## Newbie question about relvar normalization

Hi all,

first of all I have no clear idea on where to post this question It's about normalizing relvars.

I read C.J. Date's books SQL and Relational Theory (2009) and Database Design and Relational Theory (2012) (and loved them both). I believe that the author is respected in his field and I believe that the definitions he gives are accurate. I have a newbie question about normalizing relational variables up to 2. normal form.

First, some definitions on which I base my actual question so that we are on the same page.

Date defines the 1NF like this (Date, 2012):

Definition [of 1NF]: Let relation r have attributes A1, ..., An, of types T1, ..., Tn, respectively. Then r is in first
normal form (1NF) if and only if, for all tuples t appearing in r, the value of attribute Ai in t is of type Ti
(i = 1, ..., n).
And the 2NF like this (same source):

Definition [of 2NF]: Relvar R is in second normal form (2NF) if and only if, for every nontrivial FD X --> Y that
holds in R, at least one of the following is true: (a) X is a superkey; (b) Y is a subkey; (c) X is not a subkey.
Actually he gives another definition first, but says that the above is "logically equivalent" that definition, however has the same problem I'm about present. I have also heard other definitions of the 2NF, which actually answer the problem I introduce below. But I want to focus on this definition above, more so that it is accepted by C.J. Date himself.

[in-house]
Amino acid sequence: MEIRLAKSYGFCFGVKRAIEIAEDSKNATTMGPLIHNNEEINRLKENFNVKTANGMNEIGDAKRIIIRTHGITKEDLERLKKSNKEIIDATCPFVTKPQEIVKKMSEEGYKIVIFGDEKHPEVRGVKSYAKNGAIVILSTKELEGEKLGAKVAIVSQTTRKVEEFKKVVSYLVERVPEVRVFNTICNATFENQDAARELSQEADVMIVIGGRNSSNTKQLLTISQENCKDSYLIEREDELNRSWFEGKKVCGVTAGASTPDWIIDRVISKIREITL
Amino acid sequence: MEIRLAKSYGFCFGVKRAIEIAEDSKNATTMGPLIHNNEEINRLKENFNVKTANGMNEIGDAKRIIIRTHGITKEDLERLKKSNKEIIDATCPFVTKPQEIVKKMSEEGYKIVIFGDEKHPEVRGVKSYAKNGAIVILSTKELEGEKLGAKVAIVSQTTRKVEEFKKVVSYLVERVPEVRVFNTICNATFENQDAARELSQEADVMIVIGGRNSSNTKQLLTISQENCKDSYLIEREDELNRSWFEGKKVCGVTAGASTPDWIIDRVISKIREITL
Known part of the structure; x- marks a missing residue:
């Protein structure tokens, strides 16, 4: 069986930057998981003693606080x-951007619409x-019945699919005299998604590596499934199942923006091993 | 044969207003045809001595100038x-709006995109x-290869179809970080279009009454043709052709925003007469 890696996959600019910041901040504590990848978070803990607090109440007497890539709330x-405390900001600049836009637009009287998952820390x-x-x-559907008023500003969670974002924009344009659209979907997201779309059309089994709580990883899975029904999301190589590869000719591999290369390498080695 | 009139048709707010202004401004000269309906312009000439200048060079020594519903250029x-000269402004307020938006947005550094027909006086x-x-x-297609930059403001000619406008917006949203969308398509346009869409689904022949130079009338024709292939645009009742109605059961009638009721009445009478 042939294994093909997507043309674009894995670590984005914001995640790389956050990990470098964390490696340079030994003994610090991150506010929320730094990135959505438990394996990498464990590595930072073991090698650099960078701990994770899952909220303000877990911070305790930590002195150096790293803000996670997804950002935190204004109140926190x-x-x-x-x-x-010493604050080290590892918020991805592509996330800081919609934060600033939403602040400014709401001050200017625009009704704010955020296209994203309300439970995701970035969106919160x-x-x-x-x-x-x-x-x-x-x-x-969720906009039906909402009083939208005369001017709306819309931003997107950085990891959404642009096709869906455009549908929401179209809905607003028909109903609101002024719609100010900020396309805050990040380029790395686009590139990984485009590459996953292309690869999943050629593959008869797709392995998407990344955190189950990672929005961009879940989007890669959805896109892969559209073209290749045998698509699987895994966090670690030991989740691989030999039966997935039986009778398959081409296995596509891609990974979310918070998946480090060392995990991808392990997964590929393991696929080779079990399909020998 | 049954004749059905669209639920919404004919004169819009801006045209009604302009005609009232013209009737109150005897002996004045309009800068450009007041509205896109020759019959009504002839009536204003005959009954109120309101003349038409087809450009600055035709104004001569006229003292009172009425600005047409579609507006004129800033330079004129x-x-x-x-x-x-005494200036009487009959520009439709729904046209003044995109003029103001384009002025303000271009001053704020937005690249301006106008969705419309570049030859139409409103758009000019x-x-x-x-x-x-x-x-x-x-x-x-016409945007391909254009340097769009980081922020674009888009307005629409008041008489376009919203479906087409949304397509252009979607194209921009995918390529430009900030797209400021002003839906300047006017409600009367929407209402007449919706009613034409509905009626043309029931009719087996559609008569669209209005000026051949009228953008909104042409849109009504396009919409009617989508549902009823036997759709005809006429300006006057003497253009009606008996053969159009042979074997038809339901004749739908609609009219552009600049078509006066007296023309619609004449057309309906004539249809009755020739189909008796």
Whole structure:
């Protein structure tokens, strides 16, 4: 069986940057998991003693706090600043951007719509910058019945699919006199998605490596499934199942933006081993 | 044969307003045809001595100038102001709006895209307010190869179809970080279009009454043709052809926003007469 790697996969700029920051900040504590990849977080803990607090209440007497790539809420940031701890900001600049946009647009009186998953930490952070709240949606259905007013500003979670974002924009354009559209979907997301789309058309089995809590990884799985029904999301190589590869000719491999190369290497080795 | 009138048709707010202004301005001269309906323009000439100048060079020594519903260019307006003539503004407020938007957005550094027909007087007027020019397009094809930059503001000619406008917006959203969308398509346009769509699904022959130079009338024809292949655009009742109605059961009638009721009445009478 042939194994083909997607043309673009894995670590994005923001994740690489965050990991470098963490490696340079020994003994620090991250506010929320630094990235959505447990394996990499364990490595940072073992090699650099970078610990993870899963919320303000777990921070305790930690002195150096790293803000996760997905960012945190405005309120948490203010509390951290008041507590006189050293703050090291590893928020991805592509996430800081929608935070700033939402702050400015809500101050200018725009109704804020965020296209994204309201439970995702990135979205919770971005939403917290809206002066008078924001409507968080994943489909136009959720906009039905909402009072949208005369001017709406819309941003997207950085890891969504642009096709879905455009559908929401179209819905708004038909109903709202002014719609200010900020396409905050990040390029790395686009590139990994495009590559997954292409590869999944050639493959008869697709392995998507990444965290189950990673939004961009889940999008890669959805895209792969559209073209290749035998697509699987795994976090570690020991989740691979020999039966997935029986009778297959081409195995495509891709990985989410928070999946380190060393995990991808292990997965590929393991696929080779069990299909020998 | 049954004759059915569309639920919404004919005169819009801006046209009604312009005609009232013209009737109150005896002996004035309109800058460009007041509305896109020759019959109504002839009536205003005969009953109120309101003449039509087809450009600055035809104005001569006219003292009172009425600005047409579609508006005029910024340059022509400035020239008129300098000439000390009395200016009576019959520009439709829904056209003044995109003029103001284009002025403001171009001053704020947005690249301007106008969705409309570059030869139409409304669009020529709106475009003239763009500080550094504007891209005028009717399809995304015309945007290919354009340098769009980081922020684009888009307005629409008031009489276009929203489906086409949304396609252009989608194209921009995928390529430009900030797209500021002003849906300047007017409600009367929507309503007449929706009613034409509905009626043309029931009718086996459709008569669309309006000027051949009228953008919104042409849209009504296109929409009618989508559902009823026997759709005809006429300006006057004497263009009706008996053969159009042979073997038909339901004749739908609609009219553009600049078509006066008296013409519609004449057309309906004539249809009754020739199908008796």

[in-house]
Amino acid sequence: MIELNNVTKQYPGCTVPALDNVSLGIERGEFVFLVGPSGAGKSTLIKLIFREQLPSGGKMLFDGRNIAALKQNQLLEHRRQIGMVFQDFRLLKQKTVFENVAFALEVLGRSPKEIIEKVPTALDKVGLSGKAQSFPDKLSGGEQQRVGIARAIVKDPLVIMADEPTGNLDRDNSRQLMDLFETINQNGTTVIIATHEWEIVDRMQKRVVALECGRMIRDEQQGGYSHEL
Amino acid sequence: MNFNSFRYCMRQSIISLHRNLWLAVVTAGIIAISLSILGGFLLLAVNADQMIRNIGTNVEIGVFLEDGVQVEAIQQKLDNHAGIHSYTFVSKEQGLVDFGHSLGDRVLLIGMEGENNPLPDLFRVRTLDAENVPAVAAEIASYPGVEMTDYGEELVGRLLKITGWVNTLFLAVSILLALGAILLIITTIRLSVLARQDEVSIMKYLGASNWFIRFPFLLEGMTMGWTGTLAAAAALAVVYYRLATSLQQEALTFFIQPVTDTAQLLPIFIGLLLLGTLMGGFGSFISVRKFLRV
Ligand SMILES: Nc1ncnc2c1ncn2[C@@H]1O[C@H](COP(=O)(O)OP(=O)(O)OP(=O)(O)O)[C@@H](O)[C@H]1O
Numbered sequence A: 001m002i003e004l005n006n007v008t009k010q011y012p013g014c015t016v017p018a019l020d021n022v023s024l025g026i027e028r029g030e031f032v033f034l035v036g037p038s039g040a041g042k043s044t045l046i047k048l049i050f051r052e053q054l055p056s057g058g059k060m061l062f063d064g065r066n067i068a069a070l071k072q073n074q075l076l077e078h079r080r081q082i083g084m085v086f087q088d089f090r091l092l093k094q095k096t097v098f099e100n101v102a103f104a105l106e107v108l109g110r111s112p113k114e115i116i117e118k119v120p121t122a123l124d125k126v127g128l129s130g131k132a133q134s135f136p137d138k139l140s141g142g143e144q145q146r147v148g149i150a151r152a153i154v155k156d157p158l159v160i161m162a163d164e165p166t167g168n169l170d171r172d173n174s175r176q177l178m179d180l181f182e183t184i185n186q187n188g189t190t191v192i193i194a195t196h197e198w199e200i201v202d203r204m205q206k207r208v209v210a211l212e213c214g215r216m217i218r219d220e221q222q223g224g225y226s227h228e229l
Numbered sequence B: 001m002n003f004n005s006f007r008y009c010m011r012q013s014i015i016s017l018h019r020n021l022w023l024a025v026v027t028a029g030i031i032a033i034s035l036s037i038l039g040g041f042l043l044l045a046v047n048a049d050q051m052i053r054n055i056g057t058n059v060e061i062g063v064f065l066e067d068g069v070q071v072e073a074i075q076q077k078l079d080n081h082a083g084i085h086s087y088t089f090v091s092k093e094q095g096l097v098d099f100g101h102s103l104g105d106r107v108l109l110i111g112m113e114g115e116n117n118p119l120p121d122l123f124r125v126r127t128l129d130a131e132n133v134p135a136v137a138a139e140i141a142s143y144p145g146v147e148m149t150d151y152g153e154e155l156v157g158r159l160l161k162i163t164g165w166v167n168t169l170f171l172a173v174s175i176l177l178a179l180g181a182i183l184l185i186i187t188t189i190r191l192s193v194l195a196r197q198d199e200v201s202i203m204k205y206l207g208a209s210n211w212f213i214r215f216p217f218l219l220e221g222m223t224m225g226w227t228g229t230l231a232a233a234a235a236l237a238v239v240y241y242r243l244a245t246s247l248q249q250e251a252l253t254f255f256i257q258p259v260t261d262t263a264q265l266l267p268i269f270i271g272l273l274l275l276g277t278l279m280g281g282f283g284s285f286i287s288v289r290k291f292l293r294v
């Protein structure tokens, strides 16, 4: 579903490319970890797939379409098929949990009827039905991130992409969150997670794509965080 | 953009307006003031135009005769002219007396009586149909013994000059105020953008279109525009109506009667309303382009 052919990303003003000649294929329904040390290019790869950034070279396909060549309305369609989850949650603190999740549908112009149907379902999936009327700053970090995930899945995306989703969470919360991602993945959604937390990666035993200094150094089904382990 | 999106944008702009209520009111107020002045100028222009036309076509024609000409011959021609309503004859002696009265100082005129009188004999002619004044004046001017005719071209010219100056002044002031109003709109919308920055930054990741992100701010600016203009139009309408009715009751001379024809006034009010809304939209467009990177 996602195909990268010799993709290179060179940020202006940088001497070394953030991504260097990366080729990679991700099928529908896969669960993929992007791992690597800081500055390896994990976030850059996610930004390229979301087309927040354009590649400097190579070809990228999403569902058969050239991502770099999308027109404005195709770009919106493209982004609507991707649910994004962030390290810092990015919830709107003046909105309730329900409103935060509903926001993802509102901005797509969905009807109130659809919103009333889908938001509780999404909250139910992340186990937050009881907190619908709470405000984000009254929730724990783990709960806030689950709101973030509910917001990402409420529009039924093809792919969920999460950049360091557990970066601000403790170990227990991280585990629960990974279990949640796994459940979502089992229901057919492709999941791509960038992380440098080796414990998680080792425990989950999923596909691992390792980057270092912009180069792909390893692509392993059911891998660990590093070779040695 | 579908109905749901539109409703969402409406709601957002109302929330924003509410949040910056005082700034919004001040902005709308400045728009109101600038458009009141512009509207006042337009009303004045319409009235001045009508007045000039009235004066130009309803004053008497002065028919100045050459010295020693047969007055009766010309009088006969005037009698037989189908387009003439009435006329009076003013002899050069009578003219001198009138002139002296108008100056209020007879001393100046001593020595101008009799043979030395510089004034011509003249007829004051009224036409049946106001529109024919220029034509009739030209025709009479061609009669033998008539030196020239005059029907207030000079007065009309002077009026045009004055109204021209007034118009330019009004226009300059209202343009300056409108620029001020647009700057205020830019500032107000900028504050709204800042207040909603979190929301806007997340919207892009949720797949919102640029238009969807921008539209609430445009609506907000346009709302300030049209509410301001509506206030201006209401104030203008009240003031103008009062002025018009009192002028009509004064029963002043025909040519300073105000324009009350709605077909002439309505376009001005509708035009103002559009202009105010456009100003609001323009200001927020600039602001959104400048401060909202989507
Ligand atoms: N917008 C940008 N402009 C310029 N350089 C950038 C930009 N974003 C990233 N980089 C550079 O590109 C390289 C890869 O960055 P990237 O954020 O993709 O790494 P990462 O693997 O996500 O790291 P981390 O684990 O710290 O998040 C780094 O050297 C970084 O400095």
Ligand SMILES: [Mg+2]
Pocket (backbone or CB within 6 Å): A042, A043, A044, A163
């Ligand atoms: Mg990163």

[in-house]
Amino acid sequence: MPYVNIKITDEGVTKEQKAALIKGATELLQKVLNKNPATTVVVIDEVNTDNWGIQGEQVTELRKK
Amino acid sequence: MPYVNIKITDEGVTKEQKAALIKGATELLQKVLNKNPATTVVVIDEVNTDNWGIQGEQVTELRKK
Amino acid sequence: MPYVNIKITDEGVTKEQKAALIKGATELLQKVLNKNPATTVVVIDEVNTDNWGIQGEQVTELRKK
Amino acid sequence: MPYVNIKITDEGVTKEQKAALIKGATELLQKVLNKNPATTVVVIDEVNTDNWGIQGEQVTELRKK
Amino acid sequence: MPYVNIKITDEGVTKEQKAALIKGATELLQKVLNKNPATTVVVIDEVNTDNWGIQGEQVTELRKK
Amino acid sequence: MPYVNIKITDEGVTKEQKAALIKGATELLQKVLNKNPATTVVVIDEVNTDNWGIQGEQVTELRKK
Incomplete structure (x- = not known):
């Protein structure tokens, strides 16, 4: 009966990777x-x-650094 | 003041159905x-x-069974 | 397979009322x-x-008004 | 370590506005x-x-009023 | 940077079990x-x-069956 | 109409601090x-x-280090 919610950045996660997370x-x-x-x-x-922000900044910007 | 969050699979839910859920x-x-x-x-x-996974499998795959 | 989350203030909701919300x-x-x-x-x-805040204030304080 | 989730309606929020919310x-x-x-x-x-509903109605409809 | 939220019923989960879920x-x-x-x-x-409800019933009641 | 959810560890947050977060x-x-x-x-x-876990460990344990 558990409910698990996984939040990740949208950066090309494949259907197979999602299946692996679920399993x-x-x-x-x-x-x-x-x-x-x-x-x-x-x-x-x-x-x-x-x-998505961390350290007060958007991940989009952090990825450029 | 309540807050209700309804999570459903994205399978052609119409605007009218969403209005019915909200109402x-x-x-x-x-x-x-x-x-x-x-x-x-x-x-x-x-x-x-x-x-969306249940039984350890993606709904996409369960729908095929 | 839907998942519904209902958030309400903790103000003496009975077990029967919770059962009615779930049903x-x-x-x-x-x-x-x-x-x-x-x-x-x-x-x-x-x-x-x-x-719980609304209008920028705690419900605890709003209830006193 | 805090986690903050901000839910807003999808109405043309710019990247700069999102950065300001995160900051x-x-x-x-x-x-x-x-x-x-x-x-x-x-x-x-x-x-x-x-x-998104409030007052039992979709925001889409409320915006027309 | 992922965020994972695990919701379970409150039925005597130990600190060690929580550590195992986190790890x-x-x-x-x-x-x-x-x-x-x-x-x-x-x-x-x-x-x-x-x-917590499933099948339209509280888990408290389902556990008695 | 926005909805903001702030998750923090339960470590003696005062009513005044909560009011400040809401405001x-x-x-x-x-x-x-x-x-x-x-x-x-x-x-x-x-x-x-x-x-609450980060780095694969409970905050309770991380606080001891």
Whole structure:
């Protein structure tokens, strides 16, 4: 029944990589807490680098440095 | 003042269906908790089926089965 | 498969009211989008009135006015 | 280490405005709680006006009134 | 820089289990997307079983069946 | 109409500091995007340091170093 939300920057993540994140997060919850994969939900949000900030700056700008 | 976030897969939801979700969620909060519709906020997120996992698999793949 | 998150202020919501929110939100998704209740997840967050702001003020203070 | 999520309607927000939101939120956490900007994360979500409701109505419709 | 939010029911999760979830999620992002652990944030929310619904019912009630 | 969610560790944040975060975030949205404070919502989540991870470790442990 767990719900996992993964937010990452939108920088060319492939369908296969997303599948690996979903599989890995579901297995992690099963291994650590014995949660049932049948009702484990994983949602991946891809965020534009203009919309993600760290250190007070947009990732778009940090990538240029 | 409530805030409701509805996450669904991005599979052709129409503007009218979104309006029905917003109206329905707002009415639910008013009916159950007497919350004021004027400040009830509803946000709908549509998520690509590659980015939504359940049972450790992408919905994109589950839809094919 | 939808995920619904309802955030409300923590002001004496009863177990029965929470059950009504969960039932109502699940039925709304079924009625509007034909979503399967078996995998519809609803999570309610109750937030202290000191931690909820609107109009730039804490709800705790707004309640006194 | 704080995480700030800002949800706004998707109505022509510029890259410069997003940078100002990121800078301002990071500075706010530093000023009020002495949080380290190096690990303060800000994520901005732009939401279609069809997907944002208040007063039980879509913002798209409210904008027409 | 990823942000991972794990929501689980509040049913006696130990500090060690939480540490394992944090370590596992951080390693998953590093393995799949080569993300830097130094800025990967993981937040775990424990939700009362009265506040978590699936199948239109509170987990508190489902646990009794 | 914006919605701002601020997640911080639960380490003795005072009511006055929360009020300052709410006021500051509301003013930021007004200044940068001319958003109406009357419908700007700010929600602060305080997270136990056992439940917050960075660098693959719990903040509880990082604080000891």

Now the actual question(s): suppose we have relation variable R with attributes A, B and C and that a functional dependency {A} --> B holds (and no other).

a) is the relation R a relation at all? Why (not)?
b) is the relation R in 1NF? Why (not)?
c) is the relation R in 2NF? Why (not)?

The main question is why is it not in 2NF? The definitions above do not answer this question, because for FD {A} --> B the section a) in the 2NF's definition is TRUE. And there are no other non-trivial FDs in R. So according to those definitions, relation R is in second normal form (in which it clearly is not). I have been thinking this for several days and the only cause of the problem I have been able to conjure up is that I do not really understand what a relation is. I tried looking a definition up in Codd's paper (1970) but with no luck.

I hope the question is clear, English is not my main language. I hope that your answers address the questions based on the NF definitions above! I'm waiting for a good conversation